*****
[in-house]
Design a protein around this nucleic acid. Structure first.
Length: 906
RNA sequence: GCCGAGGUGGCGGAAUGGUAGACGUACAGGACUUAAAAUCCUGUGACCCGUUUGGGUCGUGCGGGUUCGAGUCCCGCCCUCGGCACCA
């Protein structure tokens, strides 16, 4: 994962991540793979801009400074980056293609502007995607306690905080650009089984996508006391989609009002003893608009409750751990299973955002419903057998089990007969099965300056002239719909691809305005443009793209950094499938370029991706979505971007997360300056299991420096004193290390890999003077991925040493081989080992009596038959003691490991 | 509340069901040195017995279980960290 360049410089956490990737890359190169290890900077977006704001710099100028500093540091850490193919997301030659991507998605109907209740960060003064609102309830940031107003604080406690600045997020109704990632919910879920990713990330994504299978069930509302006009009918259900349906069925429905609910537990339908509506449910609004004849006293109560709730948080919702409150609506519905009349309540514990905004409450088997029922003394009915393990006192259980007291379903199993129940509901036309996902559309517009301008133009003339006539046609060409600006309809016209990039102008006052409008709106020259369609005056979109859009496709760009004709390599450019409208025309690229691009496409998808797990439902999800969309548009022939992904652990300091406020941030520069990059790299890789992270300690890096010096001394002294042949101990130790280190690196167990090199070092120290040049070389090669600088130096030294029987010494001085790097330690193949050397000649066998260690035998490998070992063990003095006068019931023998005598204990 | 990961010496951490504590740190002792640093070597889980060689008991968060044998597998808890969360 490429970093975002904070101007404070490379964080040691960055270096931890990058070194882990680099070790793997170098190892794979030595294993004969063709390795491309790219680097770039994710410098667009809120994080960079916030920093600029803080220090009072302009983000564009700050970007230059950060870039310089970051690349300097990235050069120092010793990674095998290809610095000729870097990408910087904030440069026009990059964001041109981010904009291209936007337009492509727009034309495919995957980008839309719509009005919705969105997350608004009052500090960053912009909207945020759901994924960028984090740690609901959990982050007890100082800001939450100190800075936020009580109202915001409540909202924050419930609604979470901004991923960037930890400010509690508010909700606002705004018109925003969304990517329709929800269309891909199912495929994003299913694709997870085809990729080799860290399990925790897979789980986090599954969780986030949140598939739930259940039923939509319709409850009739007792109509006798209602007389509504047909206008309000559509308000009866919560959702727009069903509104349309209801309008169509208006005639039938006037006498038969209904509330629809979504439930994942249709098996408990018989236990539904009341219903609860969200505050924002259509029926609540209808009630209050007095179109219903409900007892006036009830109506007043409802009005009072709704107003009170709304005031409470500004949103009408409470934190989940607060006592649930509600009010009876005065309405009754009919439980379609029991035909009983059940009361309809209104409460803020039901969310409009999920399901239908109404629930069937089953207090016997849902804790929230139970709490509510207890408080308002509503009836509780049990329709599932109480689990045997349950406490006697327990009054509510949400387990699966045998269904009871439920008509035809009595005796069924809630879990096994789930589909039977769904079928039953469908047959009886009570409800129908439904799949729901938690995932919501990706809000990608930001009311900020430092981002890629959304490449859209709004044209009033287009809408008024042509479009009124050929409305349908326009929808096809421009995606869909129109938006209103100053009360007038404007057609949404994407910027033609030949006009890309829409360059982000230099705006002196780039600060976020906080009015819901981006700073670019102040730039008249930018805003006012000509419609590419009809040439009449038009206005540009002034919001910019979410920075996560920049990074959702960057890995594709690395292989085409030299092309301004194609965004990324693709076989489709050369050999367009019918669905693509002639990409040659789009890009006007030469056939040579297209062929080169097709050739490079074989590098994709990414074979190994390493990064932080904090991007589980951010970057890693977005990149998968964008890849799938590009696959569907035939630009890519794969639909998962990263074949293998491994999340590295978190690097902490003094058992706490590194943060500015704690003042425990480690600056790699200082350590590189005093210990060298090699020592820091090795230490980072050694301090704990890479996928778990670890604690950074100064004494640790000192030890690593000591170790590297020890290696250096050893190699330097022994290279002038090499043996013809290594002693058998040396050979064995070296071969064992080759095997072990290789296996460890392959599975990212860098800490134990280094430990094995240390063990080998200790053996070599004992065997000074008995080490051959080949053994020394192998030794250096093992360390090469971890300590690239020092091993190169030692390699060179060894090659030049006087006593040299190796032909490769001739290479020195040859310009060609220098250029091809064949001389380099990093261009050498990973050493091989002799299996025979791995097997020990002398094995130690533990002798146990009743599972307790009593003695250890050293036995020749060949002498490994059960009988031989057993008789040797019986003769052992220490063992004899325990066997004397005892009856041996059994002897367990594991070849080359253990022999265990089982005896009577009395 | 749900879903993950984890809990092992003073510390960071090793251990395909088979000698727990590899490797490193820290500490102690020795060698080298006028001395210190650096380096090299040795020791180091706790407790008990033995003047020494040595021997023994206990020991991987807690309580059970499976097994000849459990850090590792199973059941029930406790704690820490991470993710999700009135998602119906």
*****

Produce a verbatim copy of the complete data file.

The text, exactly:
[in-house]
Design a protein around this nucleic acid. Structure first.
Length: 906
RNA sequence: GCCGAGGUGGCGGAAUGGUAGACGUACAGGACUUAAAAUCCUGUGACCCGUUUGGGUCGUGCGGGUUCGAGUCCCGCCCUCGGCACCA
């Protein structure tokens, strides 16, 4: 994962991540793979801009400074980056293609502007995607306690905080650009089984996508006391989609009002003893608009409750751990299973955002419903057998089990007969099965300056002239719909691809305005443009793209950094499938370029991706979505971007997360300056299991420096004193290390890999003077991925040493081989080992009596038959003691490991 | 509340069901040195017995279980960290 360049410089956490990737890359190169290890900077977006704001710099100028500093540091850490193919997301030659991507998605109907209740960060003064609102309830940031107003604080406690600045997020109704990632919910879920990713990330994504299978069930509302006009009918259900349906069925429905609910537990339908509506449910609004004849006293109560709730948080919702409150609506519905009349309540514990905004409450088997029922003394009915393990006192259980007291379903199993129940509901036309996902559309517009301008133009003339006539046609060409600006309809016209990039102008006052409008709106020259369609005056979109859009496709760009004709390599450019409208025309690229691009496409998808797990439902999800969309548009022939992904652990300091406020941030520069990059790299890789992270300690890096010096001394002294042949101990130790280190690196167990090199070092120290040049070389090669600088130096030294029987010494001085790097330690193949050397000649066998260690035998490998070992063990003095006068019931023998005598204990 | 990961010496951490504590740190002792640093070597889980060689008991968060044998597998808890969360 490429970093975002904070101007404070490379964080040691960055270096931890990058070194882990680099070790793997170098190892794979030595294993004969063709390795491309790219680097770039994710410098667009809120994080960079916030920093600029803080220090009072302009983000564009700050970007230059950060870039310089970051690349300097990235050069120092010793990674095998290809610095000729870097990408910087904030440069026009990059964001041109981010904009291209936007337009492509727009034309495919995957980008839309719509009005919705969105997350608004009052500090960053912009909207945020759901994924960028984090740690609901959990982050007890100082800001939450100190800075936020009580109202915001409540909202924050419930609604979470901004991923960037930890400010509690508010909700606002705004018109925003969304990517329709929800269309891909199912495929994003299913694709997870085809990729080799860290399990925790897979789980986090599954969780986030949140598939739930259940039923939509319709409850009739007792109509006798209602007389509504047909206008309000559509308000009866919560959702727009069903509104349309209801309008169509208006005639039938006037006498038969209904509330629809979504439930994942249709098996408990018989236990539904009341219903609860969200505050924002259509029926609540209808009630209050007095179109219903409900007892006036009830109506007043409802009005009072709704107003009170709304005031409470500004949103009408409470934190989940607060006592649930509600009010009876005065309405009754009919439980379609029991035909009983059940009361309809209104409460803020039901969310409009999920399901239908109404629930069937089953207090016997849902804790929230139970709490509510207890408080308002509503009836509780049990329709599932109480689990045997349950406490006697327990009054509510949400387990699966045998269904009871439920008509035809009595005796069924809630879990096994789930589909039977769904079928039953469908047959009886009570409800129908439904799949729901938690995932919501990706809000990608930001009311900020430092981002890629959304490449859209709004044209009033287009809408008024042509479009009124050929409305349908326009929808096809421009995606869909129109938006209103100053009360007038404007057609949404994407910027033609030949006009890309829409360059982000230099705006002196780039600060976020906080009015819901981006700073670019102040730039008249930018805003006012000509419609590419009809040439009449038009206005540009002034919001910019979410920075996560920049990074959702960057890995594709690395292989085409030299092309301004194609965004990324693709076989489709050369050999367009019918669905693509002639990409040659789009890009006007030469056939040579297209062929080169097709050739490079074989590098994709990414074979190994390493990064932080904090991007589980951010970057890693977005990149998968964008890849799938590009696959569907035939630009890519794969639909998962990263074949293998491994999340590295978190690097902490003094058992706490590194943060500015704690003042425990480690600056790699200082350590590189005093210990060298090699020592820091090795230490980072050694301090704990890479996928778990670890604690950074100064004494640790000192030890690593000591170790590297020890290696250096050893190699330097022994290279002038090499043996013809290594002693058998040396050979064995070296071969064992080759095997072990290789296996460890392959599975990212860098800490134990280094430990094995240390063990080998200790053996070599004992065997000074008995080490051959080949053994020394192998030794250096093992360390090469971890300590690239020092091993190169030692390699060179060894090659030049006087006593040299190796032909490769001739290479020195040859310009060609220098250029091809064949001389380099990093261009050498990973050493091989002799299996025979791995097997020990002398094995130690533990002798146990009743599972307790009593003695250890050293036995020749060949002498490994059960009988031989057993008789040797019986003769052992220490063992004899325990066997004397005892009856041996059994002897367990594991070849080359253990022999265990089982005896009577009395 | 749900879903993950984890809990092992003073510390960071090793251990395909088979000698727990590899490797490193820290500490102690020795060698080298006028001395210190650096380096090299040795020791180091706790407790008990033995003047020494040595021997023994206990020991991987807690309580059970499976097994000849459990850090590792199973059941029930406790704690820490991470993710999700009135998602119906």